Regarding the pathogens, EPA and most state regulations require management which prevents transfer of pathogens in Class B products to humans or the environment at levels of concern, and the increasing production of Class A products is further protection of all of the environment. Class A is better in the sense that it requires less management supervision to prevent risks, and POTWs are increasingly moving toward Class A products to win public acceptance. But that is not needed to meet the low level of risk required by US-EPA and states, which is achieved by the Class B use management requirements.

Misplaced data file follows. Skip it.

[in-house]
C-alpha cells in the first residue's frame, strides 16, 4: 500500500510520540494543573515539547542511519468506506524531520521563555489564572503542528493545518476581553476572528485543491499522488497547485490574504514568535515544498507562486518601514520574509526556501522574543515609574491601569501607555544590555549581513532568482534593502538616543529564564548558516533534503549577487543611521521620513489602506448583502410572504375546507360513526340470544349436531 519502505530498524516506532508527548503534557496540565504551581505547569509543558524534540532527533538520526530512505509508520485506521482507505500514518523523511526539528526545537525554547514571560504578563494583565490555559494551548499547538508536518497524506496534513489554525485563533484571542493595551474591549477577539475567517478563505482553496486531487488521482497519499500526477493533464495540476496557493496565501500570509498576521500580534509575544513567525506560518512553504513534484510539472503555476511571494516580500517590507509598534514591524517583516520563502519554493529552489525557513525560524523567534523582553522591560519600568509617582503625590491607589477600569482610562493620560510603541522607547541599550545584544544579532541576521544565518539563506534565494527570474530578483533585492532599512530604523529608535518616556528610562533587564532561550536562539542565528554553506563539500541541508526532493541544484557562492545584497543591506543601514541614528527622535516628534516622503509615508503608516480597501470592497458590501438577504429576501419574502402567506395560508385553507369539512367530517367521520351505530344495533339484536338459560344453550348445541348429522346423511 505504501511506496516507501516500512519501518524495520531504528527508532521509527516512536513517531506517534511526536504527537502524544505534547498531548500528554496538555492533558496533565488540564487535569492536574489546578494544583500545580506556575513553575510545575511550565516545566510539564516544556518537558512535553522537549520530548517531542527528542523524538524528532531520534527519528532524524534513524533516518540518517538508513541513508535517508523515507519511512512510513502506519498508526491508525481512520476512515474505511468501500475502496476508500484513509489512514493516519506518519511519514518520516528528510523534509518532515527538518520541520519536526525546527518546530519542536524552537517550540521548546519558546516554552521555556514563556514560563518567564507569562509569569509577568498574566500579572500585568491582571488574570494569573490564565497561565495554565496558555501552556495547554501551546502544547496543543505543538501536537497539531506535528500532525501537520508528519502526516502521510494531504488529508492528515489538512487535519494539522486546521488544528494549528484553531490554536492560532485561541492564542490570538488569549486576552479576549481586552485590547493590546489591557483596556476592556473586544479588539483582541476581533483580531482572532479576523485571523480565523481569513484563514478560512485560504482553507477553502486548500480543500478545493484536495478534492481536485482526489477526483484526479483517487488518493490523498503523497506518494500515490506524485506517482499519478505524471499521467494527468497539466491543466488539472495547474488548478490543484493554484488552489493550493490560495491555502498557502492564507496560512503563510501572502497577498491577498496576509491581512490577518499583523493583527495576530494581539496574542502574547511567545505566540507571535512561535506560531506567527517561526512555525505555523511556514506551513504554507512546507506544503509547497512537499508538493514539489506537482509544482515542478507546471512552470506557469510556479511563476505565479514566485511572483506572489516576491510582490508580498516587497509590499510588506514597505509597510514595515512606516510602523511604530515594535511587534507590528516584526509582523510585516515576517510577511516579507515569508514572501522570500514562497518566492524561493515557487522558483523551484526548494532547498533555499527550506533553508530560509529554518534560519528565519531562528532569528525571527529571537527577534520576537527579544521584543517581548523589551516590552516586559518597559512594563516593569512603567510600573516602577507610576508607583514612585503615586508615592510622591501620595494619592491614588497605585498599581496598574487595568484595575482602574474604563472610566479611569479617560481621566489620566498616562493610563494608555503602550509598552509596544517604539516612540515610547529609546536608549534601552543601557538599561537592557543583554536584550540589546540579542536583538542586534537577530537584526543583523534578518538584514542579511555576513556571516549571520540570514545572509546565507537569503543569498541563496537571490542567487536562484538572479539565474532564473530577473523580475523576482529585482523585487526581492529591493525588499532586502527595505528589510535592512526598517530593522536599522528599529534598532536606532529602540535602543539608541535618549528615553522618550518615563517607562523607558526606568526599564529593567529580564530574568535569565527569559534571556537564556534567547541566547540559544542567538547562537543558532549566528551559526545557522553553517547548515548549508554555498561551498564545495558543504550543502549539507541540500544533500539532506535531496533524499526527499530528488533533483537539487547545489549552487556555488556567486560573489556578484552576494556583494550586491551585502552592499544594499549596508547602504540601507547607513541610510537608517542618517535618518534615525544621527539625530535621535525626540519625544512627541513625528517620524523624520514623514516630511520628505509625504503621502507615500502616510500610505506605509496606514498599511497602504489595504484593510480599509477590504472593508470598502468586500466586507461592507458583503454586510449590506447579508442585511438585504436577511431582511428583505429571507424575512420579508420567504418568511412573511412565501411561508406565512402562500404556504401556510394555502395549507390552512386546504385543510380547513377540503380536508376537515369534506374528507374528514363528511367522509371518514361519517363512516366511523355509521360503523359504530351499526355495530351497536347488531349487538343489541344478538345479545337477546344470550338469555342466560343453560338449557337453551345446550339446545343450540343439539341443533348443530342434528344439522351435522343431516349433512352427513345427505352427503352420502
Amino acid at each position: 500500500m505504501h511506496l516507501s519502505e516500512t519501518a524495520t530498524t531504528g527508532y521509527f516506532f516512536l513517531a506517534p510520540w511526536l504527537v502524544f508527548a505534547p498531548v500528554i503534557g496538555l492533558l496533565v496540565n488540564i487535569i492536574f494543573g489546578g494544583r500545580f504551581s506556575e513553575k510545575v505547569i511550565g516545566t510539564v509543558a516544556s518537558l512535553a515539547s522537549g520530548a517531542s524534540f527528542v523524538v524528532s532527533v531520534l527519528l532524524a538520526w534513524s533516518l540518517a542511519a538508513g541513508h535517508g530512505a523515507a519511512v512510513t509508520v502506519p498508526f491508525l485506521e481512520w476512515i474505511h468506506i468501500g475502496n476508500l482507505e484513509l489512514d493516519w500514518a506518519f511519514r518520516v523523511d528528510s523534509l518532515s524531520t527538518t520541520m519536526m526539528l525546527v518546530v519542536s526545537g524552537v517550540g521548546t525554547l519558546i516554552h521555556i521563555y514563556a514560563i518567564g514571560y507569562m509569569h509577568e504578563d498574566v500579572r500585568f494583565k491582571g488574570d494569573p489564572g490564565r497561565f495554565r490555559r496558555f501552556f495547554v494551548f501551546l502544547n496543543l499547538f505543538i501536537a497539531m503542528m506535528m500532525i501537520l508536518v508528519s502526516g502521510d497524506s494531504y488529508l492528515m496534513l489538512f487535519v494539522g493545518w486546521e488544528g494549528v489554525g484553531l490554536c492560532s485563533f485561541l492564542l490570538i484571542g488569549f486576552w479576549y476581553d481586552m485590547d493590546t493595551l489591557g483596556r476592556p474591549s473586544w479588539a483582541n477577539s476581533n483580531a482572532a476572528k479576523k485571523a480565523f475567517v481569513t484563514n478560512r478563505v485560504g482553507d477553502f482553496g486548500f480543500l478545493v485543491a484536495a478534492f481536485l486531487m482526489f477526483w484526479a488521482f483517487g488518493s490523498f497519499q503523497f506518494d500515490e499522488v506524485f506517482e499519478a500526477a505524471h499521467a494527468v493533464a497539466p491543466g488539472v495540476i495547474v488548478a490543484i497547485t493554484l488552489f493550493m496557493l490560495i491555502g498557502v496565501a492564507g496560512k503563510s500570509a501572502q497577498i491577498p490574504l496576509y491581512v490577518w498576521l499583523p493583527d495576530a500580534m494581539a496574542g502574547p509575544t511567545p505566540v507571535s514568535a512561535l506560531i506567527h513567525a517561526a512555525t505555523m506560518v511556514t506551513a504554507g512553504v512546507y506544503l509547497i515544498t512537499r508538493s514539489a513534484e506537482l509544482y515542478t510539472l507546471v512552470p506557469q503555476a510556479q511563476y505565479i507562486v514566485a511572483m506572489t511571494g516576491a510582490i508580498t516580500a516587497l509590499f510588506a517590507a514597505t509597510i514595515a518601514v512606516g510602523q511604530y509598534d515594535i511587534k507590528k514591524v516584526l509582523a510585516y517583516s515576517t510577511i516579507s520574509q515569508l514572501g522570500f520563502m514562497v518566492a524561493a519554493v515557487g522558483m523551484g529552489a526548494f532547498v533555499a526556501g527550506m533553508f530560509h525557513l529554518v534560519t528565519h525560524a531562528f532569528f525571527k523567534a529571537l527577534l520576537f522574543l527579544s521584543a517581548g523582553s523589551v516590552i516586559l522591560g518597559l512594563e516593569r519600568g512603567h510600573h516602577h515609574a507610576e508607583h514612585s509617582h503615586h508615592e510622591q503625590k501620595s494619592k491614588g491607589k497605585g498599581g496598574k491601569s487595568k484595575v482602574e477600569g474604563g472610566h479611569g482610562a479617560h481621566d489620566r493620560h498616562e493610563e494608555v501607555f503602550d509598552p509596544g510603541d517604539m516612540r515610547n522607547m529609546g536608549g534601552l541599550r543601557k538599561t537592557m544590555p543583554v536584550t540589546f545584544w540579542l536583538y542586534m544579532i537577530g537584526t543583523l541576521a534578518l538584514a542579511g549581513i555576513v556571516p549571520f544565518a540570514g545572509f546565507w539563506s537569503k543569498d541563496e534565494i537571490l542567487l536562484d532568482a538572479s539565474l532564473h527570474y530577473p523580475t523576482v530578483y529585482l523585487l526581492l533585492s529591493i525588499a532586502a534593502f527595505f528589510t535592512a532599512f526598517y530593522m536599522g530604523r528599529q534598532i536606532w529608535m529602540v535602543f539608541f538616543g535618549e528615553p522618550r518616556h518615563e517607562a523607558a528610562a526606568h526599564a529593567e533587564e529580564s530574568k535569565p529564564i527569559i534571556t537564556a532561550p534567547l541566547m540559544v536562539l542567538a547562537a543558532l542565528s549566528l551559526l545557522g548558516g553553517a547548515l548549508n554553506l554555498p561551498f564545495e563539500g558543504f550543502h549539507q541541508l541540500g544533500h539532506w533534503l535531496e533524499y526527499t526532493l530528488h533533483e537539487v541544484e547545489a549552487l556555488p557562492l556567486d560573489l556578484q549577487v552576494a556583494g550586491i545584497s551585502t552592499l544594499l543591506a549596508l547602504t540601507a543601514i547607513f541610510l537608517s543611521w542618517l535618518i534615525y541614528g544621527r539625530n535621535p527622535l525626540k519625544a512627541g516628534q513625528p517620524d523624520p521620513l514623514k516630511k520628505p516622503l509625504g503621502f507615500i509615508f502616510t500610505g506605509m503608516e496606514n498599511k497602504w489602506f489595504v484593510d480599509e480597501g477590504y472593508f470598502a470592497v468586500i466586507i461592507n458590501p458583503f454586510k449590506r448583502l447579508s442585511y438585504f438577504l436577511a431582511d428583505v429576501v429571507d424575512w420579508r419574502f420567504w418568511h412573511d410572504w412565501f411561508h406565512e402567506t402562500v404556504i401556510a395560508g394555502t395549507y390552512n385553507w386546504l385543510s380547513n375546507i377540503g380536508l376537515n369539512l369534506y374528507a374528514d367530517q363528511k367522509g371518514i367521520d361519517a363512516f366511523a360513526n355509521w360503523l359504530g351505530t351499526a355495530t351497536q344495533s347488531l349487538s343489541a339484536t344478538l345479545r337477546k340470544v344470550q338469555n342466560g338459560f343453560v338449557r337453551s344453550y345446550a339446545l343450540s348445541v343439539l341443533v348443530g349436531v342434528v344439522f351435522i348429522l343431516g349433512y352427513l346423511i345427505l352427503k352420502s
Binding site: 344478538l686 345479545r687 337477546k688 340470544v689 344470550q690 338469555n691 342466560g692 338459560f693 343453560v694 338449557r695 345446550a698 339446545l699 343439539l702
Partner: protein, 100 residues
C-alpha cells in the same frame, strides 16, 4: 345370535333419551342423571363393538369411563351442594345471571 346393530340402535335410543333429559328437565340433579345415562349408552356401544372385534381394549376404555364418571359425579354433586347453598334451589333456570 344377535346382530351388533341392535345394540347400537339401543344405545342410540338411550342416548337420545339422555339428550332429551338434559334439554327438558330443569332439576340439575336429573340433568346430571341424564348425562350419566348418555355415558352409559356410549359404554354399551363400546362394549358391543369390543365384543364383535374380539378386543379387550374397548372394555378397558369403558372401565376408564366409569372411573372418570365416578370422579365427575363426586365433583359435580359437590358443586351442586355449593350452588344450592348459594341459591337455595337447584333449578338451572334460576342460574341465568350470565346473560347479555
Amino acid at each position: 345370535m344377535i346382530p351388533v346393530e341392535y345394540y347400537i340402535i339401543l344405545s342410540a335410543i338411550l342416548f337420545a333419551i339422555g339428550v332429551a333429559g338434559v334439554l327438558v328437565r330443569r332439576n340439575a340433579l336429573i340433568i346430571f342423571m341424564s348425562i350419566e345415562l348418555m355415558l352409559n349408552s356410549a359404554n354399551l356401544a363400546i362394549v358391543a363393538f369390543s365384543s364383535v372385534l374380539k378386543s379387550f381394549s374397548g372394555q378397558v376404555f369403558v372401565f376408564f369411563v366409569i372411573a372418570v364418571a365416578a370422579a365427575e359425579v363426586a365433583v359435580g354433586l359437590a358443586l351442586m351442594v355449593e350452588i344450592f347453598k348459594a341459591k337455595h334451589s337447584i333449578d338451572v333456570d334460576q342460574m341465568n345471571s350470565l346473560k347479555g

Scientists who have been involved in biosolids constituent risk assessment and development of regulations recognize the flaws in experiment design that have allowed some scientists to publish research that is purported to show a risk from nanoparticles, xenobiotics or trace elements in biosolids. Bad science is simply bad science. Only proper experiment design can test whether a constituent of biosolids can be transferred from the biosolids to plants or animals. Rates of application relevant to biosolids, in the matrix of biosolids products ready for land application, have to be the standard for testing these potential risks. Occurrence is not evidence of transfer to foods. And study of spiked soils or nutrient solutions provides no evidence relevant to real world risks from constituents of biosolids.